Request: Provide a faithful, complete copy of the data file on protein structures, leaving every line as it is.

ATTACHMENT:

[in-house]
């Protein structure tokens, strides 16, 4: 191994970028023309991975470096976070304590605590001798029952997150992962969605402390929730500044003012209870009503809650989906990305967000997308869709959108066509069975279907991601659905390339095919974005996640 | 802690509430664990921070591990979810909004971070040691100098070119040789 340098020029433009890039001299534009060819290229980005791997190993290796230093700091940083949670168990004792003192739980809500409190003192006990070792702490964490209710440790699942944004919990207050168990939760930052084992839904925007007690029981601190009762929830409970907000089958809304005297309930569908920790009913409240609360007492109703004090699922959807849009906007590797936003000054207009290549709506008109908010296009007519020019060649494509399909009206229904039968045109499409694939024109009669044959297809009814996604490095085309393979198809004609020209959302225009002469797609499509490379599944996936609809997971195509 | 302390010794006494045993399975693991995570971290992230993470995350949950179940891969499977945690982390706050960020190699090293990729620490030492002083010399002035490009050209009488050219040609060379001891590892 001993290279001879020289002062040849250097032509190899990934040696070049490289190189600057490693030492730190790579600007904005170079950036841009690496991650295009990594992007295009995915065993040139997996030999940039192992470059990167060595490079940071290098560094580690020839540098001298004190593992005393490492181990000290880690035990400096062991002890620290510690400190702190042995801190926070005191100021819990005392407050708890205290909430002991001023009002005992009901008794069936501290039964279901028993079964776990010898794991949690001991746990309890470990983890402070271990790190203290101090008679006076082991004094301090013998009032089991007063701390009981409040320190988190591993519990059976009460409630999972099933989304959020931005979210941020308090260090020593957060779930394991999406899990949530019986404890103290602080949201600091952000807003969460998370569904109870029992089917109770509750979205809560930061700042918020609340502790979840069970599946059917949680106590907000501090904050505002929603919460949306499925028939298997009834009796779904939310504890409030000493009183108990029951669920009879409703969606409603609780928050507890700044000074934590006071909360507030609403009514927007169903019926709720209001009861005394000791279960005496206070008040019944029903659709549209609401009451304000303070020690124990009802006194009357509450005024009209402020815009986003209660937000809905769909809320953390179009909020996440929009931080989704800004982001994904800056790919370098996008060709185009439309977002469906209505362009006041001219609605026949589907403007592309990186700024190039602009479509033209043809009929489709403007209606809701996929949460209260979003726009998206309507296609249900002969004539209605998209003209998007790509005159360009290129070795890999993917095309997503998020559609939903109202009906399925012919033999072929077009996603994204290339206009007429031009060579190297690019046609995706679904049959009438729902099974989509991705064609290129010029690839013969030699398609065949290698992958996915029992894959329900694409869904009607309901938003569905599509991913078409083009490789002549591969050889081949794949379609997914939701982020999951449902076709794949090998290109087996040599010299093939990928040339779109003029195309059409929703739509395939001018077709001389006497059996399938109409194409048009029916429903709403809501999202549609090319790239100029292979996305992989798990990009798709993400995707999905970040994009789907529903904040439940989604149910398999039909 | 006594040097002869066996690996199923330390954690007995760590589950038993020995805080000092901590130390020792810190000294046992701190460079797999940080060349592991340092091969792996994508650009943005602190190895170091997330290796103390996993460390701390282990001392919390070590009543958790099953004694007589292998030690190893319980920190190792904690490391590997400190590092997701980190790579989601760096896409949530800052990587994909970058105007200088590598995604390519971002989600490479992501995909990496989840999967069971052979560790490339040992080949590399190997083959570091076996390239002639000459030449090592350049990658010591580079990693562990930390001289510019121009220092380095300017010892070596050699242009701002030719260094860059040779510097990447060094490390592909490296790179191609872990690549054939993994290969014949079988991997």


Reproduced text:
[in-house]
């Protein structure tokens, strides 16, 4: 191994970028023309991975470096976070304590605590001798029952997150992962969605402390929730500044003012209870009503809650989906990305967000997308869709959108066509069975279907991601659905390339095919974005996640 | 802690509430664990921070591990979810909004971070040691100098070119040789 340098020029433009890039001299534009060819290229980005791997190993290796230093700091940083949670168990004792003192739980809500409190003192006990070792702490964490209710440790699942944004919990207050168990939760930052084992839904925007007690029981601190009762929830409970907000089958809304005297309930569908920790009913409240609360007492109703004090699922959807849009906007590797936003000054207009290549709506008109908010296009007519020019060649494509399909009206229904039968045109499409694939024109009669044959297809009814996604490095085309393979198809004609020209959302225009002469797609499509490379599944996936609809997971195509 | 302390010794006494045993399975693991995570971290992230993470995350949950179940891969499977945690982390706050960020190699090293990729620490030492002083010399002035490009050209009488050219040609060379001891590892 001993290279001879020289002062040849250097032509190899990934040696070049490289190189600057490693030492730190790579600007904005170079950036841009690496991650295009990594992007295009995915065993040139997996030999940039192992470059990167060595490079940071290098560094580690020839540098001298004190593992005393490492181990000290880690035990400096062991002890620290510690400190702190042995801190926070005191100021819990005392407050708890205290909430002991001023009002005992009901008794069936501290039964279901028993079964776990010898794991949690001991746990309890470990983890402070271990790190203290101090008679006076082991004094301090013998009032089991007063701390009981409040320190988190591993519990059976009460409630999972099933989304959020931005979210941020308090260090020593957060779930394991999406899990949530019986404890103290602080949201600091952000807003969460998370569904109870029992089917109770509750979205809560930061700042918020609340502790979840069970599946059917949680106590907000501090904050505002929603919460949306499925028939298997009834009796779904939310504890409030000493009183108990029951669920009879409703969606409603609780928050507890700044000074934590006071909360507030609403009514927007169903019926709720209001009861005394000791279960005496206070008040019944029903659709549209609401009451304000303070020690124990009802006194009357509450005024009209402020815009986003209660937000809905769909809320953390179009909020996440929009931080989704800004982001994904800056790919370098996008060709185009439309977002469906209505362009006041001219609605026949589907403007592309990186700024190039602009479509033209043809009929489709403007209606809701996929949460209260979003726009998206309507296609249900002969004539209605998209003209998007790509005159360009290129070795890999993917095309997503998020559609939903109202009906399925012919033999072929077009996603994204290339206009007429031009060579190297690019046609995706679904049959009438729902099974989509991705064609290129010029690839013969030699398609065949290698992958996915029992894959329900694409869904009607309901938003569905599509991913078409083009490789002549591969050889081949794949379609997914939701982020999951449902076709794949090998290109087996040599010299093939990928040339779109003029195309059409929703739509395939001018077709001389006497059996399938109409194409048009029916429903709403809501999202549609090319790239100029292979996305992989798990990009798709993400995707999905970040994009789907529903904040439940989604149910398999039909 | 006594040097002869066996690996199923330390954690007995760590589950038993020995805080000092901590130390020792810190000294046992701190460079797999940080060349592991340092091969792996994508650009943005602190190895170091997330290796103390996993460390701390282990001392919390070590009543958790099953004694007589292998030690190893319980920190190792904690490391590997400190590092997701980190790579989601760096896409949530800052990587994909970058105007200088590598995604390519971002989600490479992501995909990496989840999967069971052979560790490339040992080949590399190997083959570091076996390239002639000459030449090592350049990658010591580079990693562990930390001289510019121009220092380095300017010892070596050699242009701002030719260094860059040779510097990447060094490390592909490296790179191609872990690549054939993994290969014949079988991997």